thoracotomies and resections if there is persistent N2       equate; there were 9 adequate procedures – 2 were true
disease. Unfortunately there is no perfect tool to restage   positives and 2 were false negatives.121 The conclusion
the mediastinum.35                                           must be that in the real world repeat mediastinoscopy
                                                                                     Staging, classification, and prognosis 115


is a challenging operation with insufficiently robust            chemotherapy.124 These patients underwent induction
results to recommend its routine use for restaging of the        chemotherapy followed by chemo-radiation therapy
mediastinum after induction therapy.                             then surgery. A PET-CT was performed at time 0, after
   CT scanning is even more inaccurate for restaging             the chemotherapy (t1), and at the end of the induction
than it is for primary staging.35 PET, when used for             process (t2). Patients with either a complete response
restaging the mediastinum after induction therapy, is            or less than 10% viable tumor cells in the tumor had a
less accurate than when used for primary staging, with           drop in SUV max of 67% at t1 and 73% at t2. Follow-up
a sensitivity of 50–60% and a specificity of 85–90%.35           was short so the survival data are difficult to interpret.
Fused PET-CT is better that PET alone in this situation          Another group used PET to study the metabolic rate of
and in one study (with by far the best results) the sen-         glucose.125 The multivariate analysis showed that the
sitivity was 77%, the specificity was 92%, and the accu-         absence of N2/N3 disease at PET had a survival hazard
racy was 83%.120 However the results of fused PET-CT             ratio of 2.33 (95% CI 1.04–5.22; p <0.04). Reading
are not usually as good as this.35 Again, a variety of           from the graphs, this translates into a three-year sur-
FNAB techniques have been described, with essentially            vival of a little under 0.6 for N2/N3 negative patients vs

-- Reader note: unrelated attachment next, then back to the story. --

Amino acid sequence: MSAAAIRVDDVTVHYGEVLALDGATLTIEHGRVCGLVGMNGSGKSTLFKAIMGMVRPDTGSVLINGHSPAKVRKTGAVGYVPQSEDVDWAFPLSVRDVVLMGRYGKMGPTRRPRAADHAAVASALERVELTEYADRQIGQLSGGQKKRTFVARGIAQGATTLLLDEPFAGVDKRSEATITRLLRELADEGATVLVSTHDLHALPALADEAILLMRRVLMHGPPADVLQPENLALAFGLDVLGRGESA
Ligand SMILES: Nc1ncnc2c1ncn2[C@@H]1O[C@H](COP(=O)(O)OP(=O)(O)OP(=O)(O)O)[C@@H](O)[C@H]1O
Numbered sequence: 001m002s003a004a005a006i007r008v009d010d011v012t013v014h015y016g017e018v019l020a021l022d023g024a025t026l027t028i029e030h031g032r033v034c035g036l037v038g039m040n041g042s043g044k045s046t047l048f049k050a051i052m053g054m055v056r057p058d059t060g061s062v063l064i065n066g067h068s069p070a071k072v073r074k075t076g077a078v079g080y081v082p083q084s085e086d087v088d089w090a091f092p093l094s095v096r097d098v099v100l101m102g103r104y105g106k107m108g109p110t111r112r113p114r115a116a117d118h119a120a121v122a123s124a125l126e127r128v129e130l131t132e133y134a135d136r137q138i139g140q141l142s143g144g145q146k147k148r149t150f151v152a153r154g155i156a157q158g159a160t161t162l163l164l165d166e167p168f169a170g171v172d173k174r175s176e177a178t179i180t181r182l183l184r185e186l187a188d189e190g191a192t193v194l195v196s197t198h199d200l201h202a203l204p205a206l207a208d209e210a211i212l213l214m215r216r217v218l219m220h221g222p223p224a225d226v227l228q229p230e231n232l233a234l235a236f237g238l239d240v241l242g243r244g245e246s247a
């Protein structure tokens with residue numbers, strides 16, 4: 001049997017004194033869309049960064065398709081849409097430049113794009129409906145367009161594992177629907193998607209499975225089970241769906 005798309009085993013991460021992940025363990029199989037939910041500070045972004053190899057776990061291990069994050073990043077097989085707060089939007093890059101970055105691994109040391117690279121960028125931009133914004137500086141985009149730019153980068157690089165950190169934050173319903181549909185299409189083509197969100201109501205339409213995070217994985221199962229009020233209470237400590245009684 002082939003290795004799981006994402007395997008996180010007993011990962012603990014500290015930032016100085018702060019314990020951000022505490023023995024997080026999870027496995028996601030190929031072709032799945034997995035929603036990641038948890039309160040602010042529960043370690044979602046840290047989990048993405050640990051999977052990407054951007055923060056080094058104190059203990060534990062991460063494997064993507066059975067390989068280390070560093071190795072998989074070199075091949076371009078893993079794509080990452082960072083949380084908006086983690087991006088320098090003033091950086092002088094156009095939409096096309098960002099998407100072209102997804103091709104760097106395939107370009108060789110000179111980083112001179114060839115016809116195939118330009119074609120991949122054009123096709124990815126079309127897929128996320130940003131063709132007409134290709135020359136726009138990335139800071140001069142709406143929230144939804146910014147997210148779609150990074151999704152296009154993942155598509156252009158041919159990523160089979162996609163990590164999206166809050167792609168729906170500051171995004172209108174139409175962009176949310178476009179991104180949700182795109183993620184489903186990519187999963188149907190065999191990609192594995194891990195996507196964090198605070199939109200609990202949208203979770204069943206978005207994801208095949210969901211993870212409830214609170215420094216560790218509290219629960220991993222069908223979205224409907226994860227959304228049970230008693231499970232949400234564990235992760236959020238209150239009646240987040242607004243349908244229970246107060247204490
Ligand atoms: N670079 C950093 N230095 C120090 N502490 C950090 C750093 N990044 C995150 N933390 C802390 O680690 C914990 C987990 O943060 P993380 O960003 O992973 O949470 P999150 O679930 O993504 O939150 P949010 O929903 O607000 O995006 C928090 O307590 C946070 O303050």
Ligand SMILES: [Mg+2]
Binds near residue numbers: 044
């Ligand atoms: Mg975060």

the same sensitivity and specificity as when used in the         around 0.25 for those with N2/N3 disease. The hazard
chemo-naïve setting. Thus restaging of the mediastinum           ratio for each 10% drop in the metabolic rate of glucose
after induction therapy in N2 disease remains a fraught          was 0.99 (95% CI 0.98–0.99; p <0.01). A residual met-
subject, often requiring a complex step-wise approach            abolic rate of glucose after induction of ≤0.13 had a
with CT, PET-CT, trans-tracheal or esophageal FNAB,              hazard ratio of 1.95 (95% CI 1.28–2.97; p <0.002).
and repeat mediastinoscopy, and still with a risk of             Again, looking at the graphs this translates into a three-
false-negative assessment of the mediastinum.35                  year survival of around 0.6 vs 0 for a value >0.013.
   As we have seen, tissue diagnosis is the ideal restaging         Restaging with PET may also reveal previously unde-
tool, but it is difficult and, even in the best hands, it will   tected metastases after induction chemotherapy. This
always have a finite false-negative rate; it also requires       was seen in 9/47 patients in one study,126 and in 10/56
heavy use of time and resources, and can submit the              in another.127
patient to multiple procedures. PET has been shown to               The only alternative would be to try to stage the
be an alternative, or surrogate way to restage the medi-         mediastinum with any of the variety of FNAB tech-
astinum after induction therapy. Cerfolio et al have             niques, and, if that fails but there is a high index of
published two papers on an overlapping patient popu-             clinical suspicion of N2 disease, administer induction
lation, looking at the change in the SUV max on PET              chemotherapy to the patient. This would allow medias-
before and after induction chemotherapy.122,123 In the           tinoscopy to be performed in an unscarred mediasti-